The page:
Mali asks Denmark to immediately withdraw troops deployed there

The European Union warned on Thursday that it will take further action should members of the military regime in Mali obstruct the transition back to democracy. [EPA-EFE/HADAMA DIAKITE]

Mali’s government said on Monday (24 January) it had asked Denmark to immediately withdraw troops deployed to the West African nation as part of a French-led counter-terrorism task force because it was not consulted and the deployment failed to follow protocol.

“The government of Mali notes with astonishment, the deployment on its territory of a contingent of Danish special forces within the Takuba force,” the government said in a statement.

It said the deployment took place without its consent, and without consideration of the additional protocol applicable to the task force, adding that Denmark should immediately withdraw the troops.

The statement said all partners in the task force needed a prior accord with the government before deployments in Mali.

The decision comes amid tension between Mali and its international partners including regional bodies and the European Union that have sanctioned Mali after the transitional government failed to organise elections following two military coups.

Will France quit Mali? Crunch time nears as junta defies Paris

As relations between France and Mali sour rapidly, Paris is wondering whether it is time to stop providing military backup to a country run by a junta that has defied the international community.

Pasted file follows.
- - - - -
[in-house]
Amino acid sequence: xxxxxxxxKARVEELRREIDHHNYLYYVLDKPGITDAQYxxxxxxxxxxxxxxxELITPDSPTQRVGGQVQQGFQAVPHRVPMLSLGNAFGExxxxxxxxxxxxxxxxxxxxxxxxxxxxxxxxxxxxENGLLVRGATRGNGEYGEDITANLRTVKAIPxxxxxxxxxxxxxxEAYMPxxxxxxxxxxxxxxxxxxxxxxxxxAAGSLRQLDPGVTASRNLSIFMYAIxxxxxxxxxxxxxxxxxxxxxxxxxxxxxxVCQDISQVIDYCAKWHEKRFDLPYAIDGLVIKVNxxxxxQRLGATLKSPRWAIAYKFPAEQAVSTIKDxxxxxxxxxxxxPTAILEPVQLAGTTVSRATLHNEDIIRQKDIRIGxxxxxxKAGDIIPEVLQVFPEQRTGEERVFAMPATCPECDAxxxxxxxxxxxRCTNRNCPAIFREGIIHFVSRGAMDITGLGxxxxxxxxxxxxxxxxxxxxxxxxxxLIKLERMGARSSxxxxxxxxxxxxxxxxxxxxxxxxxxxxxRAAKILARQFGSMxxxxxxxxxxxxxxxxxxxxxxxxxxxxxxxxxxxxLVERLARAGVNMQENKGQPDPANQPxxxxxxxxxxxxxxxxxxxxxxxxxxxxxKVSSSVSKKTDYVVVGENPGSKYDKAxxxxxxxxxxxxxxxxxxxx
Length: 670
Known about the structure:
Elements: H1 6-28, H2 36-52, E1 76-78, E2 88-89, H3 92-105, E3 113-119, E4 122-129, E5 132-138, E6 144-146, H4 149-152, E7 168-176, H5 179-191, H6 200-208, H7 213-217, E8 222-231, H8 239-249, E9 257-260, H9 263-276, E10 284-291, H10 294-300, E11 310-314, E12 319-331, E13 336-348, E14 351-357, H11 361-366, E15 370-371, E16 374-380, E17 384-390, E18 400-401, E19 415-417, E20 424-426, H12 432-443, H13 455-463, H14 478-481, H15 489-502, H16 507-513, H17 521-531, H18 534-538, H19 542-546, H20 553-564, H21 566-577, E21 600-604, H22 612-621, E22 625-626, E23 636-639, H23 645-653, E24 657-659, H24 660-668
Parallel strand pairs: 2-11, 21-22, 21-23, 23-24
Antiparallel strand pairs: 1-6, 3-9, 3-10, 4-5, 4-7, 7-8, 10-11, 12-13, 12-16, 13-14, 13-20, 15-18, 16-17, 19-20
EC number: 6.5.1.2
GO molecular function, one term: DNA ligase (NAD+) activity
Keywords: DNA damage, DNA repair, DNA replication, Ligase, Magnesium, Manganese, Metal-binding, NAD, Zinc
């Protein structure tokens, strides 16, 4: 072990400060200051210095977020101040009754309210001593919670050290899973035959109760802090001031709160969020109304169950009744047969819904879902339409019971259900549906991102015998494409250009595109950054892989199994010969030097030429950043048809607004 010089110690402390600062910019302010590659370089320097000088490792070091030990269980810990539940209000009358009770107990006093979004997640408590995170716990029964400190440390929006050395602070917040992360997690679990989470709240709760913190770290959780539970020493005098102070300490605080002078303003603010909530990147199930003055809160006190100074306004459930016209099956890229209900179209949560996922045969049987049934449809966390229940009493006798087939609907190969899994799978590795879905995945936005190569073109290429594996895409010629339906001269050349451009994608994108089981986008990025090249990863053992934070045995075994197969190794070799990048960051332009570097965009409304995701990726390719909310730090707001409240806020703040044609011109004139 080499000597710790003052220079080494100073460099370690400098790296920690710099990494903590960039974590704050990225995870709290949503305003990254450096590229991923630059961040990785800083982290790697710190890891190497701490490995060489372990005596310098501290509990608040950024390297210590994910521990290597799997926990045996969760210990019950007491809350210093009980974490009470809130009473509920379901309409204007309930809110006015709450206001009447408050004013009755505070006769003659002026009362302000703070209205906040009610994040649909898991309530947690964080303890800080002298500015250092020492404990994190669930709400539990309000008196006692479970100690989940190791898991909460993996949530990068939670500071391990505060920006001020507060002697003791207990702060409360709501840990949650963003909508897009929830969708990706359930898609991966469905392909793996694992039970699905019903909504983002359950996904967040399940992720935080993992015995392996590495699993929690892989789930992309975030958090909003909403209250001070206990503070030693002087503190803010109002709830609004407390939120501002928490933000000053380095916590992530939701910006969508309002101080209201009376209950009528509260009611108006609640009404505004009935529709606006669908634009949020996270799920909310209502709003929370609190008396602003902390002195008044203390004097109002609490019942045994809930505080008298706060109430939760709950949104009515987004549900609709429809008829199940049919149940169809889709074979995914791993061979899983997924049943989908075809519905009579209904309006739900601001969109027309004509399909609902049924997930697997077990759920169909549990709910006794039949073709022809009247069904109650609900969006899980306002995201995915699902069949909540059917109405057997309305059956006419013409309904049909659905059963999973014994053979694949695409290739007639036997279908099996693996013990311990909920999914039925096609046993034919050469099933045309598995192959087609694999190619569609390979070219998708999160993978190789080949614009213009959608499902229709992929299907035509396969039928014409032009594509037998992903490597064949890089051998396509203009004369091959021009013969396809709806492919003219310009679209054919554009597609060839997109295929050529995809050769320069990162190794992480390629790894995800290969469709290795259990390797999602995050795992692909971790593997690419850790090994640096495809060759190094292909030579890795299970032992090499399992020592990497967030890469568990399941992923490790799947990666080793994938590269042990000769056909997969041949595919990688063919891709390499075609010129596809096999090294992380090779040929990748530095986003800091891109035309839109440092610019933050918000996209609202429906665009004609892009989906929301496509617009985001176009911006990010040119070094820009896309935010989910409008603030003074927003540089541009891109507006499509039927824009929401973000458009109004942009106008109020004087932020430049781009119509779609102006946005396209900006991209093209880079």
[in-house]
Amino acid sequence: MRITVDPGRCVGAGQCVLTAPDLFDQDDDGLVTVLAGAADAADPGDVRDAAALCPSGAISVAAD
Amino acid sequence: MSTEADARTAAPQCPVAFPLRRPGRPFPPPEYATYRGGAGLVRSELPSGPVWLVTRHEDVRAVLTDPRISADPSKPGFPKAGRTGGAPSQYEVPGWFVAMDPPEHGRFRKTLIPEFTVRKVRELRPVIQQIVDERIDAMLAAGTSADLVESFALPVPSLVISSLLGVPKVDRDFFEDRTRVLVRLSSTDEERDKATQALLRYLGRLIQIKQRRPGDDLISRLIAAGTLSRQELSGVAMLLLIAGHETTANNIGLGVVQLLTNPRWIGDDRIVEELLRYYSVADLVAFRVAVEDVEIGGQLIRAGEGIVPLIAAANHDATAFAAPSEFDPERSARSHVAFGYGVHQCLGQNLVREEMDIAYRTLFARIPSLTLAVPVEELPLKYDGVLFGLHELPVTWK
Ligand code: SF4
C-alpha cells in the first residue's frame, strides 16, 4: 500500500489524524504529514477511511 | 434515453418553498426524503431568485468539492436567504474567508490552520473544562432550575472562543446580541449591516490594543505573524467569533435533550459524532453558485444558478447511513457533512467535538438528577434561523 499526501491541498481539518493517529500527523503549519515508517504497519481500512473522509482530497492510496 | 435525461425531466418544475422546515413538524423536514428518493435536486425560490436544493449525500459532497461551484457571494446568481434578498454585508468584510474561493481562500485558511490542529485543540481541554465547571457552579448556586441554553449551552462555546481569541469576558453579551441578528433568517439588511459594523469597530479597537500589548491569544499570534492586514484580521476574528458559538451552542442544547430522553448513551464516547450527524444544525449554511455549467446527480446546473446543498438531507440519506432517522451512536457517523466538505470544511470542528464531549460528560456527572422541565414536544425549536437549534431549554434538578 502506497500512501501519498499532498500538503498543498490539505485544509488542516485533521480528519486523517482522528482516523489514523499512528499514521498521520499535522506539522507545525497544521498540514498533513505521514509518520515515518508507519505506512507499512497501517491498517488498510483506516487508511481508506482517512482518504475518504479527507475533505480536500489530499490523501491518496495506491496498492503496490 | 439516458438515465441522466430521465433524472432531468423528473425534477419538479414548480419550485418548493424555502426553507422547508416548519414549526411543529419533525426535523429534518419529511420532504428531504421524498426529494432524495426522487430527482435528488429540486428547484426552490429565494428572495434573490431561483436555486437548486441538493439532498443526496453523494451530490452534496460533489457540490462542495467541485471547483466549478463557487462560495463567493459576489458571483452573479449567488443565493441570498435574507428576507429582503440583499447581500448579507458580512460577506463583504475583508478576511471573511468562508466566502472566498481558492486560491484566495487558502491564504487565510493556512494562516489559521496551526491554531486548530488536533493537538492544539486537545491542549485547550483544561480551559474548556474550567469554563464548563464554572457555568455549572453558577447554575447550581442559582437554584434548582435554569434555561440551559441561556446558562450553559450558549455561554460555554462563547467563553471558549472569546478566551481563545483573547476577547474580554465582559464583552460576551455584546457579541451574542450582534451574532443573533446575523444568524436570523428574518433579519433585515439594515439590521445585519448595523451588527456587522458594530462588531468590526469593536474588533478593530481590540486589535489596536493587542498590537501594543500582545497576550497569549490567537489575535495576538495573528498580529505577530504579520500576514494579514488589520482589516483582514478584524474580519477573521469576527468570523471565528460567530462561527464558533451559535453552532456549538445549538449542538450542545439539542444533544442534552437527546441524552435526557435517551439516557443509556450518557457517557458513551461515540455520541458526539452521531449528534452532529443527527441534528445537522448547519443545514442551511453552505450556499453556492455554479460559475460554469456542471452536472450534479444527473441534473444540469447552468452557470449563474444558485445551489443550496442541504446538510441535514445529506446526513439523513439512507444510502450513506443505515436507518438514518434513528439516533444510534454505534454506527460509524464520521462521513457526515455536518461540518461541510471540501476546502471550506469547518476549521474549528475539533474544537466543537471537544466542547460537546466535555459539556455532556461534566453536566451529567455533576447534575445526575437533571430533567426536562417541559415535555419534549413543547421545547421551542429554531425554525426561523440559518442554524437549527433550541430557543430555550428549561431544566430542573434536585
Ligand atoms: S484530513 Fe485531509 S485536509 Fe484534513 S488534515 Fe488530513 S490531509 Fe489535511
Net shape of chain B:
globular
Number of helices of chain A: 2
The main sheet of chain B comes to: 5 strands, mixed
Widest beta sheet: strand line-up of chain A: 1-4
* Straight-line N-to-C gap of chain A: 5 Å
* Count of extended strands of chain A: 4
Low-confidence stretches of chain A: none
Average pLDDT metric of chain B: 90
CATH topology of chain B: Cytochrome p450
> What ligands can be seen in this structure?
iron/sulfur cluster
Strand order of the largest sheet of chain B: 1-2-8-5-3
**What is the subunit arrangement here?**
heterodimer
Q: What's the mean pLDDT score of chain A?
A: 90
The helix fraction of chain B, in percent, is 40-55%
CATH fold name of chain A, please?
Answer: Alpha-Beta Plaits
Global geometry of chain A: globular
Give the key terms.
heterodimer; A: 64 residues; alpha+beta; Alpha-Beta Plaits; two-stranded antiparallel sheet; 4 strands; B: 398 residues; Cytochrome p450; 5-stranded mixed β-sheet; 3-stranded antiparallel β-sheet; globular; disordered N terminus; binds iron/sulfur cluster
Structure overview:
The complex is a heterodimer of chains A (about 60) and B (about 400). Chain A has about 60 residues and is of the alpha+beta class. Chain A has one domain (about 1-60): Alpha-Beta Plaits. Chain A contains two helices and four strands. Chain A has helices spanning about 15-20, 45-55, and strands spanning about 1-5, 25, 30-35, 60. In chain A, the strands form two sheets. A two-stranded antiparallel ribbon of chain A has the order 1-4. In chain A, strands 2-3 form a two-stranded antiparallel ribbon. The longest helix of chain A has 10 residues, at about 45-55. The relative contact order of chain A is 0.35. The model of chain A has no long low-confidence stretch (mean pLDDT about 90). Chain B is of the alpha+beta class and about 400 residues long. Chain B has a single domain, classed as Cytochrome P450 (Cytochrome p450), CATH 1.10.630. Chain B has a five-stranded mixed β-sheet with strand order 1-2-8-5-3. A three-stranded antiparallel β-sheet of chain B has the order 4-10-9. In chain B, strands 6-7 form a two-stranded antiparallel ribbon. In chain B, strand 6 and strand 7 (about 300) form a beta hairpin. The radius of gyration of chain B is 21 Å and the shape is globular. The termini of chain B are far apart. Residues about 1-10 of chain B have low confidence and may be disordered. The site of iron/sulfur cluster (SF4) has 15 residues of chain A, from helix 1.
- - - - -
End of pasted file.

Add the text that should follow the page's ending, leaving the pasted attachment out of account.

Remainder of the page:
Tensions have escalated also over allegations that transitional authorities have deployed private military contractors from the Russia-backed Wagner Group to Mali, which some EU countries have said was incompatible with their mission.

A statement on the Danish defence ministry website said on Monday that about 90 personnel including surgeons and the Danish army special forces, logistics support were deployed. Their mandate was supposed to last until early 2023, it said.

The Takuba Task Force was established as a partial successor to a French counter-terrorism operation in the West African Sahel region that French President Emmanuel Macron has started to reduce from its initial 5,000-strong force.

The task force is comprised of some 14 European countries, which provide special forces, logistical and tactical support to work alongside regional troops for targeted operations against Islamist militants.

The forces are expected to help Mali and West Africa Sahel neighbours Burkina Faso and Niger tackle jihadist militants linked to the Islamic State and al Qaeda who have occupied swathes of territory in the tri-border area of the countries.

“The aim is to stabilize Mali and parts of the Liptako-Gourma three-country area encompassing localities in Mali, Niger, and Burkina Faso, and to ensure the protection of civilians against terrorist groups,” the Danish statement said.

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